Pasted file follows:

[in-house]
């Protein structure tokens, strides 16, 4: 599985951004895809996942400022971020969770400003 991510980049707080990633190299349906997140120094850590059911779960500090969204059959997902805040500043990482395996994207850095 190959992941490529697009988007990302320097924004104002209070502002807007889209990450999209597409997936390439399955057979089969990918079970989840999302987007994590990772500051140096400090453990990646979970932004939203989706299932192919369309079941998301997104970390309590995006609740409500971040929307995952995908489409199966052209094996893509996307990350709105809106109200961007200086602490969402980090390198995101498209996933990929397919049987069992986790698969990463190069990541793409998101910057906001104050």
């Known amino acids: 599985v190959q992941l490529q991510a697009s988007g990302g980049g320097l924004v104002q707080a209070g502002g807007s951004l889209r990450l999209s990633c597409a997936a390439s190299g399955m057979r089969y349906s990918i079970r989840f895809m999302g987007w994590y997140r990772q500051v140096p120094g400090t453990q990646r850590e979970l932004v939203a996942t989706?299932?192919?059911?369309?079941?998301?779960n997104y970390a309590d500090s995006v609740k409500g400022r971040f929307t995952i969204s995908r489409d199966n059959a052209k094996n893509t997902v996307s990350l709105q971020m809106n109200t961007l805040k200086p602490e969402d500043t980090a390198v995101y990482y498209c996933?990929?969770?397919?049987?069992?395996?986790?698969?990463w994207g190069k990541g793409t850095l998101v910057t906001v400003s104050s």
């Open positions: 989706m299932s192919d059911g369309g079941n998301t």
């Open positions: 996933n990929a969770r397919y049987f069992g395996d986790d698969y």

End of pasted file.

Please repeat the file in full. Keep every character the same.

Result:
[in-house]
């Protein structure tokens, strides 16, 4: 599985951004895809996942400022971020969770400003 991510980049707080990633190299349906997140120094850590059911779960500090969204059959997902805040500043990482395996994207850095 190959992941490529697009988007990302320097924004104002209070502002807007889209990450999209597409997936390439399955057979089969990918079970989840999302987007994590990772500051140096400090453990990646979970932004939203989706299932192919369309079941998301997104970390309590995006609740409500971040929307995952995908489409199966052209094996893509996307990350709105809106109200961007200086602490969402980090390198995101498209996933990929397919049987069992986790698969990463190069990541793409998101910057906001104050």
């Known amino acids: 599985v190959q992941l490529q991510a697009s988007g990302g980049g320097l924004v104002q707080a209070g502002g807007s951004l889209r990450l999209s990633c597409a997936a390439s190299g399955m057979r089969y349906s990918i079970r989840f895809m999302g987007w994590y997140r990772q500051v140096p120094g400090t453990q990646r850590e979970l932004v939203a996942t989706?299932?192919?059911?369309?079941?998301?779960n997104y970390a309590d500090s995006v609740k409500g400022r971040f929307t995952i969204s995908r489409d199966n059959a052209k094996n893509t997902v996307s990350l709105q971020m809106n109200t961007l805040k200086p602490e969402d500043t980090a390198v995101y990482y498209c996933?990929?969770?397919?049987?069992?395996?986790?698969?990463w994207g190069k990541g793409t850095l998101v910057t906001v400003s104050s």
């Open positions: 989706m299932s192919d059911g369309g079941n998301t």
């Open positions: 996933n990929a969770r397919y049987f069992g395996d986790d698969y």